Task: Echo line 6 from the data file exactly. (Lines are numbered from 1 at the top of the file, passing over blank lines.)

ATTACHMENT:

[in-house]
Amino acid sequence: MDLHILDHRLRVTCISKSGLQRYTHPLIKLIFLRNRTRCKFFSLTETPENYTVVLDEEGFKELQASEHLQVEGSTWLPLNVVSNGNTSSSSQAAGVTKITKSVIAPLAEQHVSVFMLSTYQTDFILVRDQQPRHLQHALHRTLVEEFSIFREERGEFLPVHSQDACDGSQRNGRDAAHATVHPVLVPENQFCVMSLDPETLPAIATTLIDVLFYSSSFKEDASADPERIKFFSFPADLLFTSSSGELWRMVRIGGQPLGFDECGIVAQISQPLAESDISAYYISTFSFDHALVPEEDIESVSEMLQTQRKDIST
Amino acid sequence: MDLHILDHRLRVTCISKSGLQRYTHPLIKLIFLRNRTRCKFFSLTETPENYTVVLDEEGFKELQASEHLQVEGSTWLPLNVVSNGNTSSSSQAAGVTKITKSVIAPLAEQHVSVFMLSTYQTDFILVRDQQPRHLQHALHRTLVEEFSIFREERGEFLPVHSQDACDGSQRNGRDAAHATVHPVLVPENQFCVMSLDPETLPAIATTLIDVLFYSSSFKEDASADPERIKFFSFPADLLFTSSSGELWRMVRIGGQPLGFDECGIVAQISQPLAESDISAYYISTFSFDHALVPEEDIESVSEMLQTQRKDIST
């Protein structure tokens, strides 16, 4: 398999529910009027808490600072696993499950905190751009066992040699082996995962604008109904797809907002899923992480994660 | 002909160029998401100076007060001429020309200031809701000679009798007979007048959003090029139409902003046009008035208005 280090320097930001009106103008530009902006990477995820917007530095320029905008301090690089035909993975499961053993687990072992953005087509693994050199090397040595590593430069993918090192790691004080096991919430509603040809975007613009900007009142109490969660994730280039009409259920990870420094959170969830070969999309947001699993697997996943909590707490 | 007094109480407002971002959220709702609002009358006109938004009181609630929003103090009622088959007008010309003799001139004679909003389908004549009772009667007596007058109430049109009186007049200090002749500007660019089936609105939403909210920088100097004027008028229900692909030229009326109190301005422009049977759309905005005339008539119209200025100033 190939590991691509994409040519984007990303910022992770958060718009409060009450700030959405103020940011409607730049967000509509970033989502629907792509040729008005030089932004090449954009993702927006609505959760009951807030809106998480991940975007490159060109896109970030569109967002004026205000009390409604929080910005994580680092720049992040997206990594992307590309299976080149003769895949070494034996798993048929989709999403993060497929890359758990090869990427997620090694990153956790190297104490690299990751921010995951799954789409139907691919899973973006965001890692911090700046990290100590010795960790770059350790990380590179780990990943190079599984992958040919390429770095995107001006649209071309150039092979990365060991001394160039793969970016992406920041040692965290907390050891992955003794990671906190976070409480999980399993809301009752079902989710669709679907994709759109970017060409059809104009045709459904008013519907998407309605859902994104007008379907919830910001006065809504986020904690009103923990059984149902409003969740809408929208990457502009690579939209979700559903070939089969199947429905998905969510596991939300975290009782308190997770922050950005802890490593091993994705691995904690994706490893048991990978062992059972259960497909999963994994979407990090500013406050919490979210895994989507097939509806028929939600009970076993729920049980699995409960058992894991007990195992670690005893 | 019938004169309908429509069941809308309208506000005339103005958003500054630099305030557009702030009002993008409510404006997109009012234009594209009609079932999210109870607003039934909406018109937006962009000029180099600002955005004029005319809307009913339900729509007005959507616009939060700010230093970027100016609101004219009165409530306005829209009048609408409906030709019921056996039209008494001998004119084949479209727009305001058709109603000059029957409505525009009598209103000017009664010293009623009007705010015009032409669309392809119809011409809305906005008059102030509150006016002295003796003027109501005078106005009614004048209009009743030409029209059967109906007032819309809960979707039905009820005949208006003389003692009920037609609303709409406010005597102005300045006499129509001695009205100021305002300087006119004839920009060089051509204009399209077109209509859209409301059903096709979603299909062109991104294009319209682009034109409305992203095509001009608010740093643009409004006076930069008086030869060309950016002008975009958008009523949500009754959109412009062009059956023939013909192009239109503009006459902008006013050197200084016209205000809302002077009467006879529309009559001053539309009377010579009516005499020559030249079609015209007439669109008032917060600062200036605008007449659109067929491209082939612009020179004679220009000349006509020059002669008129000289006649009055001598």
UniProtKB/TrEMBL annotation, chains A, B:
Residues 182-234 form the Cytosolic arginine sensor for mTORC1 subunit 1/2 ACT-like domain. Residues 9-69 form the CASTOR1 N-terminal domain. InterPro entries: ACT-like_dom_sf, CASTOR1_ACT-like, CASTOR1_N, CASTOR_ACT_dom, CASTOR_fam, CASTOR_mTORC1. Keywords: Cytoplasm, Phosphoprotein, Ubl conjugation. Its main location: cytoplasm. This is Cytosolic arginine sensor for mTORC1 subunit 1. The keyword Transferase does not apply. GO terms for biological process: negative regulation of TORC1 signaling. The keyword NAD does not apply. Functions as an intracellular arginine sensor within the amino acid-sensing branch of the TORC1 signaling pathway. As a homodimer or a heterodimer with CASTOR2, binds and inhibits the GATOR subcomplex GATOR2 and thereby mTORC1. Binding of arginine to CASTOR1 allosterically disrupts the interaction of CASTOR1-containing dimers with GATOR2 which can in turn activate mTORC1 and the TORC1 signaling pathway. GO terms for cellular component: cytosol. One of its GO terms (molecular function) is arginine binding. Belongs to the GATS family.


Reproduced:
Residues 182-234 form the Cytosolic arginine sensor for mTORC1 subunit 1/2 ACT-like domain. Residues 9-69 form the CASTOR1 N-terminal domain. InterPro entries: ACT-like_dom_sf, CASTOR1_ACT-like, CASTOR1_N, CASTOR_ACT_dom, CASTOR_fam, CASTOR_mTORC1. Keywords: Cytoplasm, Phosphoprotein, Ubl conjugation. Its main location: cytoplasm. This is Cytosolic arginine sensor for mTORC1 subunit 1. The keyword Transferase does not apply. GO terms for biological process: negative regulation of TORC1 signaling. The keyword NAD does not apply. Functions as an intracellular arginine sensor within the amino acid-sensing branch of the TORC1 signaling pathway. As a homodimer or a heterodimer with CASTOR2, binds and inhibits the GATOR subcomplex GATOR2 and thereby mTORC1. Binding of arginine to CASTOR1 allosterically disrupts the interaction of CASTOR1-containing dimers with GATOR2 which can in turn activate mTORC1 and the TORC1 signaling pathway. GO terms for cellular component: cytosol. One of its GO terms (molecular function) is arginine binding. Belongs to the GATS family.